A new study involving identical twins suggests that despite genetic make-up, certain environmental factors can add years to a person’s perceived age. The study reveals that despite genetics, factors such as divorce or the use of antidepressants are the real culprits that can age one’s face.

"A person’s heritage may initially dictate how they age – but if you introduce certain factors into your life, you will certainly age faster. Likewise, if you avoid those factors you can slow down the hands of time," said study author Bahaman Guyuron, MD, professor and chairman, department of plastic surgery, University Hospitals Case Medical Center. "In this study, we looked at identical twins because they are genetically programmed to age exactly the same, and in doing so we essentially discovered that, when it comes to your face, it is possible to cheat your biological clock."

During the study, researchers obtained comprehensive questionnaires and digital images from 186 pairs of identical twins. The images were reviewed by an independent panel, which then recorded the perceived age difference between the siblings.

Results show that twins who had been divorced appeared nearly 2 years older than their siblings who were married, single, or widowed. Antidepressant use was also associated with a significantly older appearance. Researchers found that weight also played a role in apparent age. In those sets of twins who were less than 40 years old, the heavier twin was perceived as being older, while in those groups over 40 years old, the heavier twin appeared younger.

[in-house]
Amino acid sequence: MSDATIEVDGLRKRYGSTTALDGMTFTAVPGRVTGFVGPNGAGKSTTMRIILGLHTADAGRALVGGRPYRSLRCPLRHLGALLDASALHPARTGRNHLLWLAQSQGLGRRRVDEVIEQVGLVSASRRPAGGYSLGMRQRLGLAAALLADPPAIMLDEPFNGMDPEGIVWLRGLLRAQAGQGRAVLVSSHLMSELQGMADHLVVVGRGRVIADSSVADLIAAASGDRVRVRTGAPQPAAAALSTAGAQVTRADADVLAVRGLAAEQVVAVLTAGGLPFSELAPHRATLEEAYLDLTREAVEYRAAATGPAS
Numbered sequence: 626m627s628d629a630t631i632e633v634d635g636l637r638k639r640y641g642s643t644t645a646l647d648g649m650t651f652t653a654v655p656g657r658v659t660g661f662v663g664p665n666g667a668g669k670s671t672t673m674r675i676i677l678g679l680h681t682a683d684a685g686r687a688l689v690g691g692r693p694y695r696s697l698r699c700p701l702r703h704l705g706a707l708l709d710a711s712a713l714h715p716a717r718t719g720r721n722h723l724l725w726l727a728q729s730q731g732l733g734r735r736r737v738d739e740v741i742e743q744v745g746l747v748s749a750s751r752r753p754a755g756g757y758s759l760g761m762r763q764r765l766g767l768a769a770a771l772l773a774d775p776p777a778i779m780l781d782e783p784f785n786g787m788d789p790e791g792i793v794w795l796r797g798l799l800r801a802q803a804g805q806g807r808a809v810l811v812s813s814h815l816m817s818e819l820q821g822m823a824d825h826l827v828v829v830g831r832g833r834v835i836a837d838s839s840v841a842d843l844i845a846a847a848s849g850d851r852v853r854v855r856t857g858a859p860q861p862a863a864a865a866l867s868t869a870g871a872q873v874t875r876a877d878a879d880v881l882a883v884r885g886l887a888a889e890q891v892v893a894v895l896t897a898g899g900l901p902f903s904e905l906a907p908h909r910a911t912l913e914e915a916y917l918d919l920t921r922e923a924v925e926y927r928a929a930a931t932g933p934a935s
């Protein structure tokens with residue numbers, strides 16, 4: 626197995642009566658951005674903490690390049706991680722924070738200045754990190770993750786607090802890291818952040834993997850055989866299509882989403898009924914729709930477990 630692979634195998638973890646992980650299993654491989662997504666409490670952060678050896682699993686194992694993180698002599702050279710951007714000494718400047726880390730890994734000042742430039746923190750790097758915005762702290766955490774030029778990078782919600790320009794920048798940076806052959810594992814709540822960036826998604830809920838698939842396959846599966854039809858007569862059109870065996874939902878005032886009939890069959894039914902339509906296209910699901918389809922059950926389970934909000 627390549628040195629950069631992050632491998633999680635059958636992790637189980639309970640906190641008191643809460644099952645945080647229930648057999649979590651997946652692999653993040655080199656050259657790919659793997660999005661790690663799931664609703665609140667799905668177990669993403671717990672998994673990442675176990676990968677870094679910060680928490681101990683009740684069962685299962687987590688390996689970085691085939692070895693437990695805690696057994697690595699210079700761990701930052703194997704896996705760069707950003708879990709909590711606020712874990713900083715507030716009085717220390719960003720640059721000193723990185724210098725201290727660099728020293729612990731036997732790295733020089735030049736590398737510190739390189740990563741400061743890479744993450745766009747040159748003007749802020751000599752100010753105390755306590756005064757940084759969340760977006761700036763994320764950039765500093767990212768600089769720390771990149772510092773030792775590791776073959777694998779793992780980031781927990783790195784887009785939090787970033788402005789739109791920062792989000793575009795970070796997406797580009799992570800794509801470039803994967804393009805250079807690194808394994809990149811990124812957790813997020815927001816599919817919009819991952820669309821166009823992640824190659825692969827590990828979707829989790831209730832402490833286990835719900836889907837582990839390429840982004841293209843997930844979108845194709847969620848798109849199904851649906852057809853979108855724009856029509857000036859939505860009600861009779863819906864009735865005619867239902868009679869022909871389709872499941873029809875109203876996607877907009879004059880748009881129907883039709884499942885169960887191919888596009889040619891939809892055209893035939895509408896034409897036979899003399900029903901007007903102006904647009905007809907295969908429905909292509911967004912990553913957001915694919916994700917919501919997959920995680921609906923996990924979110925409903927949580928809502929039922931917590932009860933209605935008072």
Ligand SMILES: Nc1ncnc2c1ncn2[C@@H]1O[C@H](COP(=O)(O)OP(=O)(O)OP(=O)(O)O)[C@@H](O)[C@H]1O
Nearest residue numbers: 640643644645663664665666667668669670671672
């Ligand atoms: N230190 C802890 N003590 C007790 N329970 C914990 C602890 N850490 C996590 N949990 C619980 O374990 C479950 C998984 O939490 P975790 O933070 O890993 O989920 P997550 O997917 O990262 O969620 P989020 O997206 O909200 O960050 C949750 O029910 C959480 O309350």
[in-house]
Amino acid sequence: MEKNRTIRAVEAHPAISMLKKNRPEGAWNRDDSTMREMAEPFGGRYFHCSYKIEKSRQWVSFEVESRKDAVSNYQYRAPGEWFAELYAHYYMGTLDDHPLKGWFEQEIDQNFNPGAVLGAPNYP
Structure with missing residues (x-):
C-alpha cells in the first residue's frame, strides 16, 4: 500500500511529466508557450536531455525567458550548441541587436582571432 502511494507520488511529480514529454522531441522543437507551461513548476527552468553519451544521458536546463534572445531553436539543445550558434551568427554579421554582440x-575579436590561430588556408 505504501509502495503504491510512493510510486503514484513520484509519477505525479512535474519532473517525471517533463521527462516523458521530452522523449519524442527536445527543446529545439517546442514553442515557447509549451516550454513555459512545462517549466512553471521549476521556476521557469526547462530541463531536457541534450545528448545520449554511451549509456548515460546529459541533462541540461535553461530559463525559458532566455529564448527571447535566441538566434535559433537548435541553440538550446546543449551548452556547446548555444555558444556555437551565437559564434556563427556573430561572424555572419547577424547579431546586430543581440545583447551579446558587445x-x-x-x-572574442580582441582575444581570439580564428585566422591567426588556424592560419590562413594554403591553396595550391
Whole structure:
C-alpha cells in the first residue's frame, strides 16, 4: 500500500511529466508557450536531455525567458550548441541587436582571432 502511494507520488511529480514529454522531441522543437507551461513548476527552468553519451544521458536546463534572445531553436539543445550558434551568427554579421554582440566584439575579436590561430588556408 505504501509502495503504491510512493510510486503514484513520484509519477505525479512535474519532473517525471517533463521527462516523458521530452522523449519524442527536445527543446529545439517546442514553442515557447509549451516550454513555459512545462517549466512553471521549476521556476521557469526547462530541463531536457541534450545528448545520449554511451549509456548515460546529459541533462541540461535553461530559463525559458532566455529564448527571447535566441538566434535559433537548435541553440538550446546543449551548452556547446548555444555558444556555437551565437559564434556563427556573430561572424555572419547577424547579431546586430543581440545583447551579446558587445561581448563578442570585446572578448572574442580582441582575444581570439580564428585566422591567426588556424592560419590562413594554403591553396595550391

"This research is important for two reasons," said Guyuron. "First, we have discovered a number of new factors that contribute to aging and second, our findings put science behind the idea that volume replacement rejuvenates the face."

According to the researchers the presence of stress could be one of the common denominators in those twins who appeared older while the continued relaxation of the facial muscles due to antidepressant use could account for sagging.

Results of the study are published on the Web-based version of Plastic and Reconstructive Surgery.

[Source: Original Press Release]